Read the case “Transferring Innovation Across National Boundaries,” Write a 5 page paper (1500 or more words) in APA format
Read the case “Transferring Innovation Across National Boundaries,”
Write a 5 page paper (1500 or more words) in APA format
Below is a recommended outline.
A thesis statement
Purpose of paper
Overview of paper
How could the three forms of data collection be used together in the opening stages of the change process at Minnesota Biolabs?
Define how the Informal Design Elements for Building High Commitment would apply to this case.
What predictions would you make for the success of getting the country general managers in Europe and Japan to adopt the new product?
Conclusion – Summary of main points
Lessons Learned and Recommendations
5. References – List the references you cited in the text of your paper according to APA format and REFERENCED DOCUMENT MUST BE MAXIMUM 5 YEARS.
TRANSFERRING INNOVATION ACROSS NATIONAL BOUNDARIES Imagine entering a hospital for treatment of a medical condition only to come down with a far more serious, perhaps even life-threatening disease caused by that very treatment. That, unfortunately, is an increasingly common experience in hospitals located in the United States and elsewhere. The culprit is often an infection transferred to the patient through a tainted “injectable”: that is, a needle, an IV drip, and so forth. This is known as a sepsis infection: an overwhelming infection of the blood stream resulting from toxin-producing bacteria (endotoxins). National health regulatory agencies seek to limit such negative outcomes by requiring that products intended for injection be tested.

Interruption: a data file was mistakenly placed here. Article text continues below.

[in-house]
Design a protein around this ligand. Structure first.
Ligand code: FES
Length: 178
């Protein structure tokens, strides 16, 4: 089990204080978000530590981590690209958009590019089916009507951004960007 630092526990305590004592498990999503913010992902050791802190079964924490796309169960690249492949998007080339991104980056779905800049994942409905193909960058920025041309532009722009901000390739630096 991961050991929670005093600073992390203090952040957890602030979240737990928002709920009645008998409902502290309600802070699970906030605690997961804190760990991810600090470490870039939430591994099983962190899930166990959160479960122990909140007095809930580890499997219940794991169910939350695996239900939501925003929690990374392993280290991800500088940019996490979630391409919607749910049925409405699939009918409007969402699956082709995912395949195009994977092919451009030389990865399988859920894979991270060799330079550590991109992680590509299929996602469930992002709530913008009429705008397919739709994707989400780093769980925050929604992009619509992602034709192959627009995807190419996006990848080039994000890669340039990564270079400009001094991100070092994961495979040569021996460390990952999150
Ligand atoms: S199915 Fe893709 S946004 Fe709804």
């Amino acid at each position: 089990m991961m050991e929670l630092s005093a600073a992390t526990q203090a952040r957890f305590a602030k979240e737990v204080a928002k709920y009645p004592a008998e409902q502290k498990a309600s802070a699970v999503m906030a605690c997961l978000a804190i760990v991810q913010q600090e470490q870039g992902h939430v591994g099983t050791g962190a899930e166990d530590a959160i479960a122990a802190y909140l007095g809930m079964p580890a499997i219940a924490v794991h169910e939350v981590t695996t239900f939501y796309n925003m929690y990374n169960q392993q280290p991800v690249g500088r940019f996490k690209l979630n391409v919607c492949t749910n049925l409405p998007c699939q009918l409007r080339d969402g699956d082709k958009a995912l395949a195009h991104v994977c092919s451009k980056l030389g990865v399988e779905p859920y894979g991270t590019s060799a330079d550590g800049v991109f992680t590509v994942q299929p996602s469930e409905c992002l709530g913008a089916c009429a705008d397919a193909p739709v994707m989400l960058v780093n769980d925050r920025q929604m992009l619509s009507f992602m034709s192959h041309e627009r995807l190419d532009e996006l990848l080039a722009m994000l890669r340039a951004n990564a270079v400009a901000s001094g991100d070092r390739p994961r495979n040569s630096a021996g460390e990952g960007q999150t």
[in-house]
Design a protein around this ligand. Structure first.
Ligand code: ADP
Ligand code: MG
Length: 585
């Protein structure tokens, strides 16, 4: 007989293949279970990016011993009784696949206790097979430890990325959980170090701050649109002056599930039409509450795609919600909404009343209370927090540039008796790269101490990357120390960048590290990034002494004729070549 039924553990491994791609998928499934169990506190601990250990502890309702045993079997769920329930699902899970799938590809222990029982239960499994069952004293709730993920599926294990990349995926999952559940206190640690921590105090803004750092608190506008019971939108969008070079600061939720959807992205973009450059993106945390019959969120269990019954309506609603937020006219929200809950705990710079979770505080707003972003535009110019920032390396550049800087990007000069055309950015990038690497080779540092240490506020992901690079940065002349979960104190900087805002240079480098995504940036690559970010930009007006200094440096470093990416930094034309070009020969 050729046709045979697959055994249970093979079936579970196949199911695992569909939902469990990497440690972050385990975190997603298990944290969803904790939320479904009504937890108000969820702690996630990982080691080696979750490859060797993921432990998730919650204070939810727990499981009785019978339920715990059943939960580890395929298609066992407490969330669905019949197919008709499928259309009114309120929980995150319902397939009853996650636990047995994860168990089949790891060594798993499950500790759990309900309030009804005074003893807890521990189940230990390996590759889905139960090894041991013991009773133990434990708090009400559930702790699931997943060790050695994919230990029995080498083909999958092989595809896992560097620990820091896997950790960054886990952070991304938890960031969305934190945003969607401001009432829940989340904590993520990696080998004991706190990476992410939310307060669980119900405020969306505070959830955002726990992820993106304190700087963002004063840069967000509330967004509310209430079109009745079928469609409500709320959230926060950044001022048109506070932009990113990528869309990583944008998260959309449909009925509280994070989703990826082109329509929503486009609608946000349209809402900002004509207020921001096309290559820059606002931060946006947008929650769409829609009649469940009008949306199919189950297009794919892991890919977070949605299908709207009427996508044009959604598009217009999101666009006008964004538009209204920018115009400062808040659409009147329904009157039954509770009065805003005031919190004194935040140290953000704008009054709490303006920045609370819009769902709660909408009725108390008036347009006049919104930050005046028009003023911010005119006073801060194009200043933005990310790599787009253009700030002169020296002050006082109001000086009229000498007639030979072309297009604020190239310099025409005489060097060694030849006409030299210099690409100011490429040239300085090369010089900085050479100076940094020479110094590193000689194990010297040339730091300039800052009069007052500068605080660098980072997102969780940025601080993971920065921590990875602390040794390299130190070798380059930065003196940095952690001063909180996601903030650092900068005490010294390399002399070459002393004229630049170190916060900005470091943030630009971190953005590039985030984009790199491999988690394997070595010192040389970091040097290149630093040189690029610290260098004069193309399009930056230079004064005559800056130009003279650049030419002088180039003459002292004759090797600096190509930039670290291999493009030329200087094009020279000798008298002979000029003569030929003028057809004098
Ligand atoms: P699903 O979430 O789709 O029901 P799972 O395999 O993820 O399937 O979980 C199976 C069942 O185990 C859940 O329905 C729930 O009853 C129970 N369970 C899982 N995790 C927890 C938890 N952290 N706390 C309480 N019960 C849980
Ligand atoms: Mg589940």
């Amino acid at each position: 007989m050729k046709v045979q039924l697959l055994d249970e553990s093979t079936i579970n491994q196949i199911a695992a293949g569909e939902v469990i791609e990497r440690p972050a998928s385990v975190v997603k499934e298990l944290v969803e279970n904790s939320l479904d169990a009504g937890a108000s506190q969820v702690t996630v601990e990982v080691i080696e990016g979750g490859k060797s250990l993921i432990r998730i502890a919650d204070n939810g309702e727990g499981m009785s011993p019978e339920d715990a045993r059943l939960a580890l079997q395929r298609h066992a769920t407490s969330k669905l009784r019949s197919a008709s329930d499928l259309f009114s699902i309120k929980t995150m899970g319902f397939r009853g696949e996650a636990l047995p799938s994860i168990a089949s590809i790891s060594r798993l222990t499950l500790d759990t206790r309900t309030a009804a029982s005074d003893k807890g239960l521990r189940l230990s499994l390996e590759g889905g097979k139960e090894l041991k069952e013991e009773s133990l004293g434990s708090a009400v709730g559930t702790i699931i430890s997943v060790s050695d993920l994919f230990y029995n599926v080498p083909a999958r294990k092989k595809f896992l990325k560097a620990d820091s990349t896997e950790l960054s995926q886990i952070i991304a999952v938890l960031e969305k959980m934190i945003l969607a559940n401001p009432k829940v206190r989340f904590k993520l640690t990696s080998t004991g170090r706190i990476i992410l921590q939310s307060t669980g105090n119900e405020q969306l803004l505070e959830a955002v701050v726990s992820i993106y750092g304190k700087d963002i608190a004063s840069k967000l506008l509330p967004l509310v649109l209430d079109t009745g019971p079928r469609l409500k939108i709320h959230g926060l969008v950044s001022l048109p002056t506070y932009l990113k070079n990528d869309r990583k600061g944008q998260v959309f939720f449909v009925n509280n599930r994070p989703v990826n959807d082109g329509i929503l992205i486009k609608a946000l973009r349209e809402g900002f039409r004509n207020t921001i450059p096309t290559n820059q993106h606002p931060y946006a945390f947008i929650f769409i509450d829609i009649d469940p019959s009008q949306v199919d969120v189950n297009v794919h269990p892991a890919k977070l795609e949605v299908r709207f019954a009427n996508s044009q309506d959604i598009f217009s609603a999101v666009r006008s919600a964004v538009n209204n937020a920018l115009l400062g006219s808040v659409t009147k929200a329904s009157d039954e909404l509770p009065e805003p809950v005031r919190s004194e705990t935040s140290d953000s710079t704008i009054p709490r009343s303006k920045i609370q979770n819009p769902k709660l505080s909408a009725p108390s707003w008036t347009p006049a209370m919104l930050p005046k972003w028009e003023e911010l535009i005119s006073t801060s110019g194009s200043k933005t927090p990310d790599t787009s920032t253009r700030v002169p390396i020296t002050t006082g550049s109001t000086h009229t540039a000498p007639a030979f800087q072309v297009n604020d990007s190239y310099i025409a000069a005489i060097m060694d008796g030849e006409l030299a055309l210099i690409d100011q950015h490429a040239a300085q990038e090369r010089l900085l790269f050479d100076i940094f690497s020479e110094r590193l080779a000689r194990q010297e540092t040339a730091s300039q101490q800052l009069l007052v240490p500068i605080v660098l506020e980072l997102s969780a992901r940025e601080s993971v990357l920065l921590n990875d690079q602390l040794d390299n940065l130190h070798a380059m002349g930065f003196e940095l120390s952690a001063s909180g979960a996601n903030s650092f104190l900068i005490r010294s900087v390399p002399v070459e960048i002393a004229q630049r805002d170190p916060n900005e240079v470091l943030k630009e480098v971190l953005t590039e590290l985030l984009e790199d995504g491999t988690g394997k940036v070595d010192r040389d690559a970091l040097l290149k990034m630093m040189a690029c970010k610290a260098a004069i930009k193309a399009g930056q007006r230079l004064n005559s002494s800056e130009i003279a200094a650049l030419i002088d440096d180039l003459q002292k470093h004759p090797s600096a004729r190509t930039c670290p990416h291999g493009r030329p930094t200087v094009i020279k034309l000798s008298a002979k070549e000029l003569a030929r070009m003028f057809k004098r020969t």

Minnesota Biolabs Traditionally, tests for sepsis infection were performed on live animals—rabbits, for the most part—lead to the animal’s death. Minnesota Biolabs (MB) was one of the companies that supplied rabbits to the producers of injectable devices. Headquartered in suburban Minneapolis, MB served customers—mainly pharmaceuticals but also university and private laboratories—in over 20 countries. Europe was divided into three MB national units, MB-France, MB-Germany, and MB-United Kingdom. A fourth country unit, MB-Japan, served Asian markets. Each of those four units—France, Germany, the United Kingdom, and Japan—was managed by a country general manager. That general manager was typically left alone to operate his or her unit autonomously. Corporate headquarters set annual growth goals for the units and measured their profit and loss. As long as the units performed according to those goals, the managers were paid a bonus and mostly left alone. Strategies, product decisions, and acquisitions were determined by corporate executives in the States and communicated to these country managers. MB’s CEO frequently said that he liked this approach to management because it delineated clear lines of authority and responsibility. Country managers also preferred this autonomy. They were allowed, they believed, to decide on local strategies that best served their customers while maintaining good relation- ships with the national regulatory agencies to which they needed to respond. MB’s exceptional history of sustained, profitable growth reinforced the belief of managers that this was a well-designed organization.
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